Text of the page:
|My neighbor's horse, Angel: 1/11/20|
CC Jean Stimmell
Friday, February 14, 2020
1) A distinguishing feature of Jungian analysis is the concept of archetypes, symbols rising from the dark, deep psychic pool of the collective unconscious where humanity’s common experience is stored.
2) While Linda Kohanov, in her book The Tao of Equus, makes the case that horses relate to the world from a primarily feminine, or yin perspective:
"As a result, the species is a living example of the success and effectiveness of feminine values, including cooperation over competition, responsiveness over strategy, emotion and intuition over logic, process over goal, and the creative approach to life that these qualities engender.”
Sunday, February 9, 2020
A version of this essay published in The ConcordMonitor, 3/13/20
|Pond Essence CC Jean Stimmell|
Last summer, fretful about our fate as the world cartwheels out of control, I found myself drawn to the simplicity of Japanese ink drawings. I spent quite a bit of time attempting to duplicate that look – to find the essence of an object – by manipulating my photographs of water lilies and reeds.
It was hit or miss but finally one came out that I liked well enough to submit to a juried exhibit where it won an award. With humility, I’m discovering that the simplicity I crave, identifying the essence of a subject is a profound undertaking that goes under the label of “minimalism.”
Minimalism is seen by many today as just the latest fad where people obsess over decluttering their homes, while the rich revel in living in glass houses with virtually no furniture, except a high-end stereo and a limited edition, Eames Lounge Chair.
In truth, however, minimalism has a rich artistic and philosophic history that goes way back. I also discovered, it’s a reoccurring theme that rises to the surface whenever society is in upheaval.
Yoshida Kenko, a poet in Japan 800 years ago, lived and wrote during such a time of conflict and danger, the result of incessant warfare between various groups outside of the established government, all seeking to extend their control over the country.
Kenko’s answer was to become a monk, embracing what Buddhists call impermanence: the idea that life is constant change. He wrote that a person was to be envied who lives in a simple, neat house, “not of the modern, garish kind” because it is “but a temporary abode, “ like life itself. He found beauty in a room not overly furnished, “where there is room to move around.1”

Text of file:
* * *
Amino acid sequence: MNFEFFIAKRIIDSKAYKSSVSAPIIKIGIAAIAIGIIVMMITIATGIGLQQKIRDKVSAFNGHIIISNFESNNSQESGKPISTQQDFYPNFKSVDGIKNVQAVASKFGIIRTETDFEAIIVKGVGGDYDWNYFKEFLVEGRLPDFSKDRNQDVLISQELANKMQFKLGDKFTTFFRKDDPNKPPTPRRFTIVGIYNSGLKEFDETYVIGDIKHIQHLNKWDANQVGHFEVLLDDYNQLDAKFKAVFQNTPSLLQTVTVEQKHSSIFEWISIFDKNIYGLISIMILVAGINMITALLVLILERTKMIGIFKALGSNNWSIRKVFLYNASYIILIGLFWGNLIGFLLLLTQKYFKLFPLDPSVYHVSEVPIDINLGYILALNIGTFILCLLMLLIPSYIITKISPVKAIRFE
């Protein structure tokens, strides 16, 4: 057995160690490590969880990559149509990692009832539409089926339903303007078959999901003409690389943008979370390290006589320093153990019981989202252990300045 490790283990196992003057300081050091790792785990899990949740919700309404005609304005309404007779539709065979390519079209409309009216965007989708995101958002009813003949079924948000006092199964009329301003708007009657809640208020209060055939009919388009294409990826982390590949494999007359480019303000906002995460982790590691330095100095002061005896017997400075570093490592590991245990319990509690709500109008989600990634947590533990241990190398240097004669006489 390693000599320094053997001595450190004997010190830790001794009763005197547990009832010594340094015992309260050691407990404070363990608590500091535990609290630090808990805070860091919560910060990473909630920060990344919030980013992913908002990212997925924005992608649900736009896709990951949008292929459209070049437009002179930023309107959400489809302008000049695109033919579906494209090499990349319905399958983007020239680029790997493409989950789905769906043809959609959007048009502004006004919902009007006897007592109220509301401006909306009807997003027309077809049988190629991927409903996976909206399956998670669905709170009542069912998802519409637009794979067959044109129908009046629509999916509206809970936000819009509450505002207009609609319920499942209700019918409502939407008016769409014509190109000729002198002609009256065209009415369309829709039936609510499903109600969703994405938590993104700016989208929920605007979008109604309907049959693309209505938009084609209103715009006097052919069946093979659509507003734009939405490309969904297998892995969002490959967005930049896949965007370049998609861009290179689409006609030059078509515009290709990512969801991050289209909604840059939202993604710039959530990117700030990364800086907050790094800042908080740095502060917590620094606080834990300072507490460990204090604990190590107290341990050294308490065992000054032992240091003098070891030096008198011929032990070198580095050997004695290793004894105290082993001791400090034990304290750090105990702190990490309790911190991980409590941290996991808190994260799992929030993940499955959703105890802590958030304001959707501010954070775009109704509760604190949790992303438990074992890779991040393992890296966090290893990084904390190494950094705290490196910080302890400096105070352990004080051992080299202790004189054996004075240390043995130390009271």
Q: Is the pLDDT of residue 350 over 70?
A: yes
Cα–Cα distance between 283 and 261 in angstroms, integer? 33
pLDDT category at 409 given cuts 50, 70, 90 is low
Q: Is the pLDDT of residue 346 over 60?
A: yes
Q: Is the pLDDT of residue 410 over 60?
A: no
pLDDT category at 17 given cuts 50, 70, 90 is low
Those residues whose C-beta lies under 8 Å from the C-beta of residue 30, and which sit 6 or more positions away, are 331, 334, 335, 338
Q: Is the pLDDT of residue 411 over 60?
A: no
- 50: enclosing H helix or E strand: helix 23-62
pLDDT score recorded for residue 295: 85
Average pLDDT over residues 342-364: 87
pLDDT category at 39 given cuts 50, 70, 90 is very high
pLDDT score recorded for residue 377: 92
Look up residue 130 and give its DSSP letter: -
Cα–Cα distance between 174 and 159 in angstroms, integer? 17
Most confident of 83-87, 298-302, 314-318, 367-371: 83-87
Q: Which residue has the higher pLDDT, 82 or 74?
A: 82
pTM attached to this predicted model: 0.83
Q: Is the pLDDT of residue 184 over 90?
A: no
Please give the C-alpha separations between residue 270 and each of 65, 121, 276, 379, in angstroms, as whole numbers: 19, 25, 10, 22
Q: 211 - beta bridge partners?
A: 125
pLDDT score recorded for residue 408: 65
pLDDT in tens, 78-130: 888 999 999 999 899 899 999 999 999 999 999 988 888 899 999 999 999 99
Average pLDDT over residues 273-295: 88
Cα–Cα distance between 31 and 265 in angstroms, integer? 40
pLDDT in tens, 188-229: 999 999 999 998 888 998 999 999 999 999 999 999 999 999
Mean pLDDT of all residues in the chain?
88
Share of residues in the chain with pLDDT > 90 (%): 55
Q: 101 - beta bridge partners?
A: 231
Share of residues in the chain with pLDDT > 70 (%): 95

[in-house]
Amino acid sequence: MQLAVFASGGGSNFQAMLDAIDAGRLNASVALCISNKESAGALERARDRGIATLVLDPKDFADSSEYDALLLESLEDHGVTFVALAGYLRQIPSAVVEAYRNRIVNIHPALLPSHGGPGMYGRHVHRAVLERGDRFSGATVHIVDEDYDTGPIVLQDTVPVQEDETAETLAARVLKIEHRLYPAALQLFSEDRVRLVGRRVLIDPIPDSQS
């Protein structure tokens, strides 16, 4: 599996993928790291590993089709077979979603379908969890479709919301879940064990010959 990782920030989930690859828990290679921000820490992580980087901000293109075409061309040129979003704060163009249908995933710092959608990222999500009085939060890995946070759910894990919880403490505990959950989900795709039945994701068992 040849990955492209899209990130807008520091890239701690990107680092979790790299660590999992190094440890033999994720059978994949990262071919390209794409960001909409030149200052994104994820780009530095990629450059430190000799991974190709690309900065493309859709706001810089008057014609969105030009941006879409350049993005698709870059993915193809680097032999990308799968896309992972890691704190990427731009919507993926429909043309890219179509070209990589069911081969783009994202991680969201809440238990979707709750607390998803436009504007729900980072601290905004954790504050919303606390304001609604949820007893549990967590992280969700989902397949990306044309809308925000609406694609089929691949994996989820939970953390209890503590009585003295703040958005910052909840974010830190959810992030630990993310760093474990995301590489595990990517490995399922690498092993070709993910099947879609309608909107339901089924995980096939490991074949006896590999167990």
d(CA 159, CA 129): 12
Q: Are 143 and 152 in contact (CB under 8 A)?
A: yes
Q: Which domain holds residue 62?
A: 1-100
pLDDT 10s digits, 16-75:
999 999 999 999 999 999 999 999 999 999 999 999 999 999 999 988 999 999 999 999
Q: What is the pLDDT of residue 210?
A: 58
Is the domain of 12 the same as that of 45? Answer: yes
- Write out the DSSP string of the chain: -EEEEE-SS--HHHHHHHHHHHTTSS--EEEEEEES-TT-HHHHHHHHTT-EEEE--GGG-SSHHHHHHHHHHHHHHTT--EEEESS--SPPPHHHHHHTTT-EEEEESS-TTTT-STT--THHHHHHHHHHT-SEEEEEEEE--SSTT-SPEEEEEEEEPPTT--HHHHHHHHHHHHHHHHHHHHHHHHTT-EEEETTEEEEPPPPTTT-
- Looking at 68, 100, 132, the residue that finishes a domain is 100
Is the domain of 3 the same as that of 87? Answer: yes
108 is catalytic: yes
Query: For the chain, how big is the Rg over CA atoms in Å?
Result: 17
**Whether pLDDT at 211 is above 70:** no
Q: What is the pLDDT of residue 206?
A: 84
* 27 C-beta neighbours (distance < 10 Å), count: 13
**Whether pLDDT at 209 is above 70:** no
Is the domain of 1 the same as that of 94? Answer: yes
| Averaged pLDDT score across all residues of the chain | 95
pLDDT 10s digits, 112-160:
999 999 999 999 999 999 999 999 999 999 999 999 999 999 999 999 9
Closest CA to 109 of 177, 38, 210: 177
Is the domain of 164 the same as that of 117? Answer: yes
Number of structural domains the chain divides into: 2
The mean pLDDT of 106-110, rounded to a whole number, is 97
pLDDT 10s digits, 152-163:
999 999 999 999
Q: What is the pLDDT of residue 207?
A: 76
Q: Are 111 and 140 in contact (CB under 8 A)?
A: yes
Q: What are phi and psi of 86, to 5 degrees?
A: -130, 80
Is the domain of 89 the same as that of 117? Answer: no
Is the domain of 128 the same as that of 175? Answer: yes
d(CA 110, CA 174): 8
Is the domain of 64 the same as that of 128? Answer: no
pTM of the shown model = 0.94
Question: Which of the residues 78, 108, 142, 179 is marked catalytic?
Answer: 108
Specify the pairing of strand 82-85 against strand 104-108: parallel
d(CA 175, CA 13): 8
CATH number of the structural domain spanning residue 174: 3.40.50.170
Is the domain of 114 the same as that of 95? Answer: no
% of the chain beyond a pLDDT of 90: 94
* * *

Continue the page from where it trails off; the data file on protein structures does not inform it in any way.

He wrote that we should pay attention to everyday beauty: “Are we to look at flowers only in full bloom or the moon when it is clear. No, we should concentrate on the simple austere aesthetic of the here-and-now: “There is much to been seen in young boughs about to flower, in gardens strewn with withered blossoms.”2
Thoreau, writing in the 19th century, was on the same wave-length, valuing simple living and reveling in what can be observed in the moment. Like Kenko, Thoreau was living through tough times, probably the most traumatic in our country’s history: Not only our cataclysmic civil war, but the shredding of local community by rapid industrialization and the advent of the train.
He believed, like Kenko, that is was a mistake to favor the vibrant colors of fall foliage over the simple, stark beauty of winter.
Immersing himself in the here-and-now was an antidote to hard times: “Take long walks in stormy weather or through deep snows in the fields and woods, if you would keep your spirits up. Deal with brute nature. Be cold and hungry and weary.”3
Based on recent history, we shouldn’t be surprised that minimalism is on the rise again because – and I don’t think anyone will disagree– we are once again living through a period of extreme polarization and cultural disconnect. Under these circumstances, it makes sense to strive for sustainability by shrinking our liabilities and adopting frugal ways.
Rather than looking for the salvation promised us by the capitalistic gods of advertising – only to be slowly crushed under the increasing weight of shoddy and superfluous material goods – wouldn’t it be nice to escape all that and, instead, surround ourselves solely with those few items that define the essence of who we are.
In light of the above, why wouldn’t I be drawn to the simplicity and purity of Japanese Ink drawings.
And follow Thoreau’s advice about the importance of winter walks: To take that opportunity only winter provides to withdraw inward to sharpen my focus in the present moment – temporarily tuning out the shrill. food-fight fracas, consuming society at large.